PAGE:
Being the left brain types, guys generally cannot handle intense emotions – such as crying or being upset over small things or about what someone said to them or about them negatively - at least not for long. But because of his drive to have sex (a man is biologically designed to procreate), he will tolerate his mate’s emotions more than normal.

On Relationships:

Bonding: The more sex he has with his woman, the closer he feels to her. The less sex he has with her (because of arguments, fights, and emotional battles), the more his mind will wander – which ultimately draws him apart from her. Without the intimacy with his woman, his nature will build up - he can actually feel it in his nether regions - physically - and his thoughts may become stronger (daydreaming about sex, etc.). Thus, one of the top reasons for divorce may rear its ugly head: infidelity (number 1 on the Top Ten list of reasons for divorce).

Weaknesses: Because of his logic (doing the same things year after year), he is very limited in his tastes for clothes, food, conversation and culture. His idea of a night out on the town may be going to the local buffet for the all-you-can-eat menu –he loves to save money! After all, saving pennies is the logical thing to do, right? And he oftentimes may miss the subtle messages that his woman may be sending out about how she feels, which can be a cause for an argument.

Strengths: Being the logical type, he knows how to get things done. This helps his relationship in terms of paying bills, building the bank account, having the car repaired, fixing things around the house, and being good with time management. Since he isn’t fancy, he can stay with the same woman forever as long as she treats him right – which equates to less emotions/arguments and more physical intimacy. While he isn’t emotional, he has learned over the years how to cope with emotions when it comes to his woman.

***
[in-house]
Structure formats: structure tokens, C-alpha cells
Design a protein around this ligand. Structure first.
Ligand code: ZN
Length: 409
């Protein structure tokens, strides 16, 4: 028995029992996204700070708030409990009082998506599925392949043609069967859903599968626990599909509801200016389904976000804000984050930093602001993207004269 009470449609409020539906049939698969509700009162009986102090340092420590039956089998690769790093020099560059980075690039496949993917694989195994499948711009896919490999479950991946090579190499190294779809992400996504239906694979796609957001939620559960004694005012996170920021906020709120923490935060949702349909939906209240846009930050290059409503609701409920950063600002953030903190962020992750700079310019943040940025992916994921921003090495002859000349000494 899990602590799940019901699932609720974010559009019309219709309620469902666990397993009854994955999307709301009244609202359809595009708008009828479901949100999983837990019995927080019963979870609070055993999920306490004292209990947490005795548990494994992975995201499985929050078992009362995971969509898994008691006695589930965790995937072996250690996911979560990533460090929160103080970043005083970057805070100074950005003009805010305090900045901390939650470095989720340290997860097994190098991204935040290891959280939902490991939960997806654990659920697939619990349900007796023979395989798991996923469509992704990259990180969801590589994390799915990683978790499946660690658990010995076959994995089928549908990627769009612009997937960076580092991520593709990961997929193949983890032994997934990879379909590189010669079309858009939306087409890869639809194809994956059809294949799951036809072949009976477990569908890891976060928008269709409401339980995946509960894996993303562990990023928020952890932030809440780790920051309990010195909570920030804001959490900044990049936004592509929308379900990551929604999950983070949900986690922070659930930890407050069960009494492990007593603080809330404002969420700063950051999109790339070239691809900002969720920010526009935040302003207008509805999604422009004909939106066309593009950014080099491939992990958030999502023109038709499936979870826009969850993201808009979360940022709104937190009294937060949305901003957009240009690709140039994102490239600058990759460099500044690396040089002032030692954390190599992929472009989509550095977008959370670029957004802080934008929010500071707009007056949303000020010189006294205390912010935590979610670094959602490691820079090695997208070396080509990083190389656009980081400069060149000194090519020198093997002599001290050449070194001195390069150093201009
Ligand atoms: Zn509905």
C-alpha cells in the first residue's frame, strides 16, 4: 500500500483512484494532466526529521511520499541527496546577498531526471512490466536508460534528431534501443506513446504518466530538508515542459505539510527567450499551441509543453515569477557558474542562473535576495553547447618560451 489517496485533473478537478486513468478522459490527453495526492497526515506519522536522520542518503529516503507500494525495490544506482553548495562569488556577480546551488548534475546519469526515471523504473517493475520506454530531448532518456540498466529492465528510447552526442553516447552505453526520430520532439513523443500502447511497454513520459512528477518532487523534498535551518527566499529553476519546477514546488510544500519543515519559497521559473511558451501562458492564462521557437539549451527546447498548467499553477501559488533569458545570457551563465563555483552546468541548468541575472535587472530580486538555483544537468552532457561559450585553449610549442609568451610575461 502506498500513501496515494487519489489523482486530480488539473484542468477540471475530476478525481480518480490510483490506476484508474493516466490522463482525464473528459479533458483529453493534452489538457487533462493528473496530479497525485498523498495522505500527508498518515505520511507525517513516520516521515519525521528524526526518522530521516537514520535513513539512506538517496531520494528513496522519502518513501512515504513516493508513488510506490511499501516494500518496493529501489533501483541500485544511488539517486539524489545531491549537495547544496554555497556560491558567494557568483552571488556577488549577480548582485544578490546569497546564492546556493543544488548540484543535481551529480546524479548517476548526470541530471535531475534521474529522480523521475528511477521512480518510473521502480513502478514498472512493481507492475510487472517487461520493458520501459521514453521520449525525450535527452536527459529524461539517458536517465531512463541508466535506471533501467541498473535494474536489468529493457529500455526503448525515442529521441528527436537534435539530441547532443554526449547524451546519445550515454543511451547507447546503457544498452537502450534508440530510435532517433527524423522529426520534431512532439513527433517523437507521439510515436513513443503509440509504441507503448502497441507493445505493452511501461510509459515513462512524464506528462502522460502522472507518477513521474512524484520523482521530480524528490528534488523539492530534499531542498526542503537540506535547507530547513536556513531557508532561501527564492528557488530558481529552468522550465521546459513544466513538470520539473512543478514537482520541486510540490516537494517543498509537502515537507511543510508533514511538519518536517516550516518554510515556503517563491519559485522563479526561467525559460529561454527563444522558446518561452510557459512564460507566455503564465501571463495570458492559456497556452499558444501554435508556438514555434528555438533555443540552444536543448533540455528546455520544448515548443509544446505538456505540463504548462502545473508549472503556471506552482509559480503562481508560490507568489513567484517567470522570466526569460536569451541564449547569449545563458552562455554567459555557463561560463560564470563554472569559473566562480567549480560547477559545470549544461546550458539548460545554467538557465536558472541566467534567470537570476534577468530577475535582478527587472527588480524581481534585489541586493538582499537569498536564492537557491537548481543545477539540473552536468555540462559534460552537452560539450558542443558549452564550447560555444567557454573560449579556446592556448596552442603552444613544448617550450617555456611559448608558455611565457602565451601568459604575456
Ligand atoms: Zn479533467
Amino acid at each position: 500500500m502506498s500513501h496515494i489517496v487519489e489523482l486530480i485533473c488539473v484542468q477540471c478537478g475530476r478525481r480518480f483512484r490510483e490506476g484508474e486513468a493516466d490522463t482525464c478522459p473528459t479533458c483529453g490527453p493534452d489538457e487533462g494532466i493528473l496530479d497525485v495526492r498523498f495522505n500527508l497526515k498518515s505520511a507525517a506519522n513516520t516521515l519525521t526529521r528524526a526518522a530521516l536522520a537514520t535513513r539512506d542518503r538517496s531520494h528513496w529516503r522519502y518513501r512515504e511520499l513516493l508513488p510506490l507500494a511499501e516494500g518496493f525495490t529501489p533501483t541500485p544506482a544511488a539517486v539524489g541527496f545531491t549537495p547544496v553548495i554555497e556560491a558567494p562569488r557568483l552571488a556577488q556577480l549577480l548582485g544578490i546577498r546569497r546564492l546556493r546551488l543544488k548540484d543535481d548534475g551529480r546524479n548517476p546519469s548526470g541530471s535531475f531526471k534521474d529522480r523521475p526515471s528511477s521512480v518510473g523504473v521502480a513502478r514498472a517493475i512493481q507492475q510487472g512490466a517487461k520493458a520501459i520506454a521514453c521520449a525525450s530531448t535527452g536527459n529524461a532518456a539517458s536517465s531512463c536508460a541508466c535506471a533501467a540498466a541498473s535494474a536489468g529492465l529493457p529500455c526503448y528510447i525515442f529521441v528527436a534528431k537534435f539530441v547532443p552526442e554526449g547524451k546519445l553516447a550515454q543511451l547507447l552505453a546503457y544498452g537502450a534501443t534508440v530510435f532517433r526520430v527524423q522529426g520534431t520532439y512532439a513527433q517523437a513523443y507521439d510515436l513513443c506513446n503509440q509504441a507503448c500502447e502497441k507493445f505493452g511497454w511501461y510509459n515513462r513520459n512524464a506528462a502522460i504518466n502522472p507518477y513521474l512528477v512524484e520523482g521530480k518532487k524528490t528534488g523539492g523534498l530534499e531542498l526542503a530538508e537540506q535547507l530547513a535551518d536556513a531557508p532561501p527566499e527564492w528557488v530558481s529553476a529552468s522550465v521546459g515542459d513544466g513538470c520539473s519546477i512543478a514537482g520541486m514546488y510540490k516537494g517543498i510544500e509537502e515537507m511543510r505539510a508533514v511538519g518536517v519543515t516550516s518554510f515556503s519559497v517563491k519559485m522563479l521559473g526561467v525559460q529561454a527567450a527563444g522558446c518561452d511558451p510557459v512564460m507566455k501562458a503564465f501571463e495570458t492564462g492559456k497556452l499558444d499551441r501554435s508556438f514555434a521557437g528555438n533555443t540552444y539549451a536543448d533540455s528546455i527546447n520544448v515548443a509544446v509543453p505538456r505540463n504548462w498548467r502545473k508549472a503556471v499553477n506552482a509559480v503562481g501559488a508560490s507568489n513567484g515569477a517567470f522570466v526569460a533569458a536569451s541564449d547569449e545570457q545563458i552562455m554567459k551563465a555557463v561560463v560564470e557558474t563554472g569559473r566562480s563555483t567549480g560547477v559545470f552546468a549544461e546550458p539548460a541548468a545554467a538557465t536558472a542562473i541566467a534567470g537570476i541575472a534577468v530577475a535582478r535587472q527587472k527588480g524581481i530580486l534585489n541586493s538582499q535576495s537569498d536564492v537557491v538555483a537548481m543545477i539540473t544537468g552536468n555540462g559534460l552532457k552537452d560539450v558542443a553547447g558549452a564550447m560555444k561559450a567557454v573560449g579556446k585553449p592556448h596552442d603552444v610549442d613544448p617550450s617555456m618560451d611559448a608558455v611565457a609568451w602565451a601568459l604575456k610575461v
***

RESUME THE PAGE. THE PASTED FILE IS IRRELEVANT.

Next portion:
A woman defines herself by her relationship or her family. Because of her emotions and intuition, she is genetically wired and environmentally groomed to be in touch with her feelings and has a desire to be different. According to statistics, she speaks 20,000 words per day compared to man’s 7,000 words per day; because of these factors, this makes her the most complex species on earth!

Being the right brain type, she loves beauty, making herself pretty, and has a penchant for shopping. Women generally dislike boredom or doing the same things over and over again like men do.

On Relationships:

Bonding: The more she is moved – i.e., stimulated mentally and emotionally – by her man, the closer she feels to him. Without being shown attention and affection in her relationship, her nature will build up and her thoughts will begin to wander. She will daydream about romance, the need to hear how beautiful she is or how much she is wanted and loved. Because of her dislike for the mundane, she may easily think the 'grass is greener in other pastures' – and this sometimes may lead to infidelity (number 1 on the Top Ten list of reasons for divorce).